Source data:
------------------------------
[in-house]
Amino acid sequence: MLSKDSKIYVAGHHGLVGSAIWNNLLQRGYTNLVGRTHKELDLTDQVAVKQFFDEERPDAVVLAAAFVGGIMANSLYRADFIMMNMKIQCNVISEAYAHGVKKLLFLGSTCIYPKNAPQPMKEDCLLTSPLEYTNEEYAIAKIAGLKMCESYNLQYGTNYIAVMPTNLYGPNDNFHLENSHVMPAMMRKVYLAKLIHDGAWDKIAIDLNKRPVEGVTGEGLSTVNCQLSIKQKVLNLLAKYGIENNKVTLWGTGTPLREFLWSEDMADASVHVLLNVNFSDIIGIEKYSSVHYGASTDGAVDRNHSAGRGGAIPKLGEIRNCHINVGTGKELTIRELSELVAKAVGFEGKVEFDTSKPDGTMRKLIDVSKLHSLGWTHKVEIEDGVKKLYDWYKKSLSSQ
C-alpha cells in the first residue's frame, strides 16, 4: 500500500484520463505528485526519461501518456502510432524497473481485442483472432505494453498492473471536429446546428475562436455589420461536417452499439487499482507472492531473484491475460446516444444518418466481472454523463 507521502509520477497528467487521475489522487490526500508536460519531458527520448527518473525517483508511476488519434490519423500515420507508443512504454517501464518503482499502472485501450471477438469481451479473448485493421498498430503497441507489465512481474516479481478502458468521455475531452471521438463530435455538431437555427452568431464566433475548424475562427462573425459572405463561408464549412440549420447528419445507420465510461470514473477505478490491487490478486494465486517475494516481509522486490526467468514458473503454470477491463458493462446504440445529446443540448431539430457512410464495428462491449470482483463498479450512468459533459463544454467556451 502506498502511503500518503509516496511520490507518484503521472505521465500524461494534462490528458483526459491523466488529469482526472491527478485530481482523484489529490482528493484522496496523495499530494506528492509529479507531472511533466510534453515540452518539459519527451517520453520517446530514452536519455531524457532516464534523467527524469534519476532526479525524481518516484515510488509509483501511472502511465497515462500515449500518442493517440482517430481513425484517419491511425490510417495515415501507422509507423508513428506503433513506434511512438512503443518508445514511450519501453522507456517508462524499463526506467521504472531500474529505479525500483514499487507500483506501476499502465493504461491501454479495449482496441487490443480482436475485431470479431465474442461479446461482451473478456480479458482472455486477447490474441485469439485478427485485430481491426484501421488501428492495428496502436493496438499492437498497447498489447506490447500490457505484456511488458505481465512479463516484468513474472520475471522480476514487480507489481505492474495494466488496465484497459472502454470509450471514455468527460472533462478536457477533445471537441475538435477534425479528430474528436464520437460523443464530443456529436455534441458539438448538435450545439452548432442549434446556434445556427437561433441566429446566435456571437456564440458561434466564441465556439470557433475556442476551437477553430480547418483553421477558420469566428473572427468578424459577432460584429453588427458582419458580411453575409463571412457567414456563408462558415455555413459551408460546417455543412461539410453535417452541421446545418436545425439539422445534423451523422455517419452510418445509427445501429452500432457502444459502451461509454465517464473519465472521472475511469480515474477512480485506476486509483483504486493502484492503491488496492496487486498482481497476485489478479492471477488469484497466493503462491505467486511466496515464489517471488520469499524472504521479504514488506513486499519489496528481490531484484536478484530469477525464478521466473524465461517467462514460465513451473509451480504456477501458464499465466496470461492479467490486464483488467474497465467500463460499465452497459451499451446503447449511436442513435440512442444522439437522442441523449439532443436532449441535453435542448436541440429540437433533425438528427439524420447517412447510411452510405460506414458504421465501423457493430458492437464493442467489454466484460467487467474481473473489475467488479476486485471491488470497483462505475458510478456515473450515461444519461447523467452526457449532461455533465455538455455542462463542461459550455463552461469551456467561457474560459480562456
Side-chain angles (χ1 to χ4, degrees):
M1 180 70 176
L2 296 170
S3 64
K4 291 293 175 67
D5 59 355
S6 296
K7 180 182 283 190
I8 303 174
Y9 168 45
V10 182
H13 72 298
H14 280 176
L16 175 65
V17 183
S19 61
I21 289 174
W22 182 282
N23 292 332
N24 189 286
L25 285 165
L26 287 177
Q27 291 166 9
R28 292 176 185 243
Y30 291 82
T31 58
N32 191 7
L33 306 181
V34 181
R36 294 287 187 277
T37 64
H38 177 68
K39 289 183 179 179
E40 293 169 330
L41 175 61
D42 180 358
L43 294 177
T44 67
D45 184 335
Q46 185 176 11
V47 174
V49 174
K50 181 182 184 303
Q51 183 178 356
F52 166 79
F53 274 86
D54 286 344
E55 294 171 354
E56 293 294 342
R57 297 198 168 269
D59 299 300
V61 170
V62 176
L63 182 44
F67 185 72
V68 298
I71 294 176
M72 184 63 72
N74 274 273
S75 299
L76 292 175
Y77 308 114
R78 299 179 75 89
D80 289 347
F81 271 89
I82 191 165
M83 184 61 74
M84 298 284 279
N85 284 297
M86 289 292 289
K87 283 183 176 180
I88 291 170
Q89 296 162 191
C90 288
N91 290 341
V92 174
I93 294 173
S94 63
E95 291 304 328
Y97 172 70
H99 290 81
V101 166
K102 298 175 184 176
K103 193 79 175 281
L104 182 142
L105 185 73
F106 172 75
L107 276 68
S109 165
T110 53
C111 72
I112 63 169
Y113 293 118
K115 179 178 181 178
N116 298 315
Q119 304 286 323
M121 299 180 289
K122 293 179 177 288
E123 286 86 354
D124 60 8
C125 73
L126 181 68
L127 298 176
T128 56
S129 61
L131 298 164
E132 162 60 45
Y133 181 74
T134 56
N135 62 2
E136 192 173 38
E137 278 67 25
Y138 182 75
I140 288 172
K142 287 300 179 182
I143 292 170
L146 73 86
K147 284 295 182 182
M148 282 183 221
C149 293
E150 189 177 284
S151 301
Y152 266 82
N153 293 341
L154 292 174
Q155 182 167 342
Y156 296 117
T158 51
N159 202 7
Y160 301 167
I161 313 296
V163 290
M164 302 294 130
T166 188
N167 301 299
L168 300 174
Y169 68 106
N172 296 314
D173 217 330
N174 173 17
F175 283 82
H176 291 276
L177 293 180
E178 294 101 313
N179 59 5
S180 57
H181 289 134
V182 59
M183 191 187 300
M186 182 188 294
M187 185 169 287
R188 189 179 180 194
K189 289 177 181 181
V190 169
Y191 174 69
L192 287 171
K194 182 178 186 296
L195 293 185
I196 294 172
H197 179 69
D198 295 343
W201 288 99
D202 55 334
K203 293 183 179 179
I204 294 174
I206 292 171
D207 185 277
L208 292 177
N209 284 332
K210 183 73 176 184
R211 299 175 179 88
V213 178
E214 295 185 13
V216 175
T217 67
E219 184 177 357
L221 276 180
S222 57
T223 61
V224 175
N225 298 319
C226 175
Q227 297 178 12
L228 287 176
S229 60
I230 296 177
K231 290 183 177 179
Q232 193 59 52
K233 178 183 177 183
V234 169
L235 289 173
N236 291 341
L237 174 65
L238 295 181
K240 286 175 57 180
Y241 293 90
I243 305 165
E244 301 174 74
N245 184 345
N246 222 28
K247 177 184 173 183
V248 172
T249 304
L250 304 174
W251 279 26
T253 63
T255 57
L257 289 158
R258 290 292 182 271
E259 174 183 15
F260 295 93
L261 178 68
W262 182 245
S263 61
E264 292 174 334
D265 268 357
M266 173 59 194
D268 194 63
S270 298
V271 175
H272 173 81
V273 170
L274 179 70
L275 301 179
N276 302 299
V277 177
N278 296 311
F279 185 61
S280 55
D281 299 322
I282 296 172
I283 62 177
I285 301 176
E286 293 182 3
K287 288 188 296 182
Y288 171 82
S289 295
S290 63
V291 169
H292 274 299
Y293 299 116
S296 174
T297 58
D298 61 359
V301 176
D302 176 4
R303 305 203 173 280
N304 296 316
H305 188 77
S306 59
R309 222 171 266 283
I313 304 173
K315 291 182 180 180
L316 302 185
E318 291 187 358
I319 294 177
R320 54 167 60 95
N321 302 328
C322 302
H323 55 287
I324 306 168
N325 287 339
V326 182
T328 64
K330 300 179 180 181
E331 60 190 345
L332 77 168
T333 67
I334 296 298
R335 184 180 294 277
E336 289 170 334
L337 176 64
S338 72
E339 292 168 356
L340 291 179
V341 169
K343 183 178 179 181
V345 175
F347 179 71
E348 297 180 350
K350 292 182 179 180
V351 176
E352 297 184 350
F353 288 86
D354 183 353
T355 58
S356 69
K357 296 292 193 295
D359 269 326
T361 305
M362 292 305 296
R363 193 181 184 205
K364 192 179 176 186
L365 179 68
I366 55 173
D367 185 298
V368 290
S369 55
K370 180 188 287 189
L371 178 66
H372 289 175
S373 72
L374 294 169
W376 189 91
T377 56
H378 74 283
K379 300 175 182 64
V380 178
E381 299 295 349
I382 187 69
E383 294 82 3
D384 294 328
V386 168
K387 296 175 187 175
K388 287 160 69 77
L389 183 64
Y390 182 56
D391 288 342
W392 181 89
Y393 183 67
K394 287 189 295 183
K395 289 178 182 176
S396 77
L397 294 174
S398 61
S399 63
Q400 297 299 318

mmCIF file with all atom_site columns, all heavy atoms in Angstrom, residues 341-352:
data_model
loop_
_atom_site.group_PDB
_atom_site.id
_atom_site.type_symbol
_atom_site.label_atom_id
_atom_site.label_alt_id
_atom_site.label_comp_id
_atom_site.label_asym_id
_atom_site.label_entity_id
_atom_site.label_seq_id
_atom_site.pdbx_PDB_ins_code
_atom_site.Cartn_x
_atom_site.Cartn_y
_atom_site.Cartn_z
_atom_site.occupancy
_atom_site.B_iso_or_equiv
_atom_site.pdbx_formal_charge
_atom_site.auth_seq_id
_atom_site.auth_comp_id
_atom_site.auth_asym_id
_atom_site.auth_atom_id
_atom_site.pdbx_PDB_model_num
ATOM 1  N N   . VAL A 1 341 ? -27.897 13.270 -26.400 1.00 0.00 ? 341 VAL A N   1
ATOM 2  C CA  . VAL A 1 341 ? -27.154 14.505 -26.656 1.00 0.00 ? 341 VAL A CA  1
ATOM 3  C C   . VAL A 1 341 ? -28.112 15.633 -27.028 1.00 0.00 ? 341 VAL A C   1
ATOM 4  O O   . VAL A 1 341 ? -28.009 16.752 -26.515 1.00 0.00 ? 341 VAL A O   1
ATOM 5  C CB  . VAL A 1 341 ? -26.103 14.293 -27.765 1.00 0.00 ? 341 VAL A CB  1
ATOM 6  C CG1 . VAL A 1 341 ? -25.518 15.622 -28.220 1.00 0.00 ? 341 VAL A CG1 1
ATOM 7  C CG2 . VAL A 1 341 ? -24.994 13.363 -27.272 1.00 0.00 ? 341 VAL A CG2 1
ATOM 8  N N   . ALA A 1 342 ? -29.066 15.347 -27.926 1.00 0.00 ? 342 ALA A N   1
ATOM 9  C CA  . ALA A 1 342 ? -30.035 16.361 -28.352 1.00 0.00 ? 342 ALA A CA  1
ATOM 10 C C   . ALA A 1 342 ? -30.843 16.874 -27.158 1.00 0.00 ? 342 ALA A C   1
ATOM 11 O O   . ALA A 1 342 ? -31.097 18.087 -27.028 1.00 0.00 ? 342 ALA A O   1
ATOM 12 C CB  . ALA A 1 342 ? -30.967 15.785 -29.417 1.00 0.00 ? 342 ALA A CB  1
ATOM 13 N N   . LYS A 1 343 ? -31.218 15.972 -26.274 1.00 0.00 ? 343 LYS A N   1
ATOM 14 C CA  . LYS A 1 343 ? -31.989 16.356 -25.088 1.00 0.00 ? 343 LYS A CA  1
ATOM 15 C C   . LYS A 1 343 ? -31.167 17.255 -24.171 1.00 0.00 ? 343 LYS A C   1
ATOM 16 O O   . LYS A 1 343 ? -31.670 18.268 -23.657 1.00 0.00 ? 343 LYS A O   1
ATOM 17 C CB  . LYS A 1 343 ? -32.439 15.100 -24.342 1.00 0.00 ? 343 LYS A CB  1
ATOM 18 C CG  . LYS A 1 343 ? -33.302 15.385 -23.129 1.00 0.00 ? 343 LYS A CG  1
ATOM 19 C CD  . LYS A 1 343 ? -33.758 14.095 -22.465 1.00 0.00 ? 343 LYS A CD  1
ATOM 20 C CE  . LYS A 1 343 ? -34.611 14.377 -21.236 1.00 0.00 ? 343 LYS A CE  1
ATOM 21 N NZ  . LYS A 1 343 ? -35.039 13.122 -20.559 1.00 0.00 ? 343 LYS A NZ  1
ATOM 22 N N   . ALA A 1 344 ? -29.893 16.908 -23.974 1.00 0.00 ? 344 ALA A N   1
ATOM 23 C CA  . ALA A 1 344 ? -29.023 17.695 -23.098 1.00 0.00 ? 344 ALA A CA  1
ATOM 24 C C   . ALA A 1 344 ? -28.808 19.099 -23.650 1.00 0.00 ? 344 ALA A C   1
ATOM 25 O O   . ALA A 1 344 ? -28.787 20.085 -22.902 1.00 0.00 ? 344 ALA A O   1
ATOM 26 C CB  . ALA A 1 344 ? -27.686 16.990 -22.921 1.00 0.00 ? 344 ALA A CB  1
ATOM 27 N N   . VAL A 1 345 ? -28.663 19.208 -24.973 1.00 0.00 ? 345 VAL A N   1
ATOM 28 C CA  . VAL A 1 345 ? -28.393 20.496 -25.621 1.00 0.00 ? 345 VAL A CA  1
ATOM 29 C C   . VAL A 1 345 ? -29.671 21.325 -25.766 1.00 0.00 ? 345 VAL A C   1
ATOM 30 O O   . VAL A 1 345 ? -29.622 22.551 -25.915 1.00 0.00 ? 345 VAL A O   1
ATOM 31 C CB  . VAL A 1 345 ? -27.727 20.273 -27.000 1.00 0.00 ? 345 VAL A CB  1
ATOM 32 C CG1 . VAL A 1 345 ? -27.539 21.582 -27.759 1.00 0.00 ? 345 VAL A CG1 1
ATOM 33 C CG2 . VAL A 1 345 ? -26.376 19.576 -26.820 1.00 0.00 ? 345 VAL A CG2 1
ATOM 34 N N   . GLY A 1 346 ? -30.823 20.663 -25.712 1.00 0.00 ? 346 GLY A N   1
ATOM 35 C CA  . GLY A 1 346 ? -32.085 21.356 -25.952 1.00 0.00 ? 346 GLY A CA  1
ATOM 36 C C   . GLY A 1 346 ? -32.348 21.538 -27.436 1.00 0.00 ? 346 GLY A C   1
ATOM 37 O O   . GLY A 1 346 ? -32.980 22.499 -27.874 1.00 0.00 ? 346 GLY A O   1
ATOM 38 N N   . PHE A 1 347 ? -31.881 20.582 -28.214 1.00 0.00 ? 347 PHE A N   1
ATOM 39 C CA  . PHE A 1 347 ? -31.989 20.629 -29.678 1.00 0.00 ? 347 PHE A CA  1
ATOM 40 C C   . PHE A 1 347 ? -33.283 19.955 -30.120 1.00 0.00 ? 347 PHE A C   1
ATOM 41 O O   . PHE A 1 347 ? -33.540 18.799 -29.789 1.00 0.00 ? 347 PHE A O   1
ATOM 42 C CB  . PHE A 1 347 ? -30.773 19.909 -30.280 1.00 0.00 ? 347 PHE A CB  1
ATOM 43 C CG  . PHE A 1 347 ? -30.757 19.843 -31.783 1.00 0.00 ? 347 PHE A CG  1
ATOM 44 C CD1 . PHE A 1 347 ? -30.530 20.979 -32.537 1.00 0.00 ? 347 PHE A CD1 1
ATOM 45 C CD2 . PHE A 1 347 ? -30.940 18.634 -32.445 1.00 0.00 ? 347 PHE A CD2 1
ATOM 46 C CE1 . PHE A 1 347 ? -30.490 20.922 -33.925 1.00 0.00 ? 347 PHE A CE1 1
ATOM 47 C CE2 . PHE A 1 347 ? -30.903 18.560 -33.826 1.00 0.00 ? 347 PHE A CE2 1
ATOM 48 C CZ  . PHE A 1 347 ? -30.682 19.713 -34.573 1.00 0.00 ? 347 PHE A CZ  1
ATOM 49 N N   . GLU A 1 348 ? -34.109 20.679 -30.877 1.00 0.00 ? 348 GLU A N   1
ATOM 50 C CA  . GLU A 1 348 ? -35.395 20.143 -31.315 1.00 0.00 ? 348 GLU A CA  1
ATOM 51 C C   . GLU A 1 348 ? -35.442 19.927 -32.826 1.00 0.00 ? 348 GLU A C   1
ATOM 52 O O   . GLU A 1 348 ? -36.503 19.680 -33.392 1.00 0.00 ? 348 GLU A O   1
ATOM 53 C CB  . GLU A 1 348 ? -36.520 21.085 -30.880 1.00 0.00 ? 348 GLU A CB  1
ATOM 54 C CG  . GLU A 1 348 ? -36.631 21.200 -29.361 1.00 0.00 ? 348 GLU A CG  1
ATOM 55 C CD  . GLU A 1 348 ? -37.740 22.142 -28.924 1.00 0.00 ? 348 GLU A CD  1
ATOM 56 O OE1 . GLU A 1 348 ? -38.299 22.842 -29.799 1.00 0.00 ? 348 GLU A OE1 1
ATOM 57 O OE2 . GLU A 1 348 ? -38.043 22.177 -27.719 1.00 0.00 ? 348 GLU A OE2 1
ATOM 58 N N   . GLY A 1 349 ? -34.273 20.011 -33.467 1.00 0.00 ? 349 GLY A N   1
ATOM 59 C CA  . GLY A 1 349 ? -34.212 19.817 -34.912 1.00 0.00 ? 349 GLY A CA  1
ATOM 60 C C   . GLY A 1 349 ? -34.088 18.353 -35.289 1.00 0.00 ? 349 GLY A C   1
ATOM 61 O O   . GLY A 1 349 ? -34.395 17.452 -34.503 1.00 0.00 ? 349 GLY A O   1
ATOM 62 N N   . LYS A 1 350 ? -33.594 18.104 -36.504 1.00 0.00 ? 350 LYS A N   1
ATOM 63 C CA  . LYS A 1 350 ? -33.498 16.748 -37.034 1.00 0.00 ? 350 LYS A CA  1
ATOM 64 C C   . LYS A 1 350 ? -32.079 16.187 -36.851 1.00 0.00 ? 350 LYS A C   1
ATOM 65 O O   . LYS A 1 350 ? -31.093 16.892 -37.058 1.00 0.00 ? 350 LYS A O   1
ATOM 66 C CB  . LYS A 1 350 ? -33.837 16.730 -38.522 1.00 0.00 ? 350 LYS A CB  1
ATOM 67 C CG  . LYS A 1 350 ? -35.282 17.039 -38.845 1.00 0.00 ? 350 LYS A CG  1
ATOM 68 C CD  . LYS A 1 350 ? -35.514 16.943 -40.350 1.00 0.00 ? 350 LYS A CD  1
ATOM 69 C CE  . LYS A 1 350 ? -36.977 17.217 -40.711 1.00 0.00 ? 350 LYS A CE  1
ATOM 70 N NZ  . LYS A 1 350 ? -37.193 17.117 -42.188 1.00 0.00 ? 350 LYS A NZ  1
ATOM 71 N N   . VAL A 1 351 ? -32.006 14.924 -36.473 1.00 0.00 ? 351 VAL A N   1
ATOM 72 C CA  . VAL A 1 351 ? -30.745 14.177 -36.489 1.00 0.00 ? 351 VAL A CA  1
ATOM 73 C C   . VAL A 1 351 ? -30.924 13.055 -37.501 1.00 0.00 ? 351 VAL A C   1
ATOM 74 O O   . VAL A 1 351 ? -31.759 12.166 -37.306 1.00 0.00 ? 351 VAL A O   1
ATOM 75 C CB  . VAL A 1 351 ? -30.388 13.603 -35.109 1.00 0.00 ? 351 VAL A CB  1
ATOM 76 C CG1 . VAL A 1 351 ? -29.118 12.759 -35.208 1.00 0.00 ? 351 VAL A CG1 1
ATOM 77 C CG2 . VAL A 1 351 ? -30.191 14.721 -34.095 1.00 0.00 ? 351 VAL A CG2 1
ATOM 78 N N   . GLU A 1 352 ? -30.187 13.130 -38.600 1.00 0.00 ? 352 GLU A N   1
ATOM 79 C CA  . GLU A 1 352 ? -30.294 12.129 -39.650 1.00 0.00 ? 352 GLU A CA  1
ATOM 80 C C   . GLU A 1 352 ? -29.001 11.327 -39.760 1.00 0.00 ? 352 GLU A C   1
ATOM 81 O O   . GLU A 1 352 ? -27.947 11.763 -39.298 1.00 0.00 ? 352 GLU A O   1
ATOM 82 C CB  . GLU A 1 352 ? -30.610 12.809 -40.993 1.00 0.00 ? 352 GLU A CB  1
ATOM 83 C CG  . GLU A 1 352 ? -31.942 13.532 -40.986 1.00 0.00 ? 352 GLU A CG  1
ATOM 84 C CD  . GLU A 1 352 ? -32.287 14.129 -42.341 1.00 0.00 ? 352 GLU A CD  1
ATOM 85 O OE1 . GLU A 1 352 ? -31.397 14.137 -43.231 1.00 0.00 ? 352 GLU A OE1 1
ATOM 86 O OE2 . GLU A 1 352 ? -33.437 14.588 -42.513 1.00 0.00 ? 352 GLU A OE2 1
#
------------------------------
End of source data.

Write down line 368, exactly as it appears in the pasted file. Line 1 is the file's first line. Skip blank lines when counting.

ATOM 14 C CA  . LYS A 1 343 ? -31.989 16.356 -25.088 1.00 0.00 ? 343 LYS A CA  1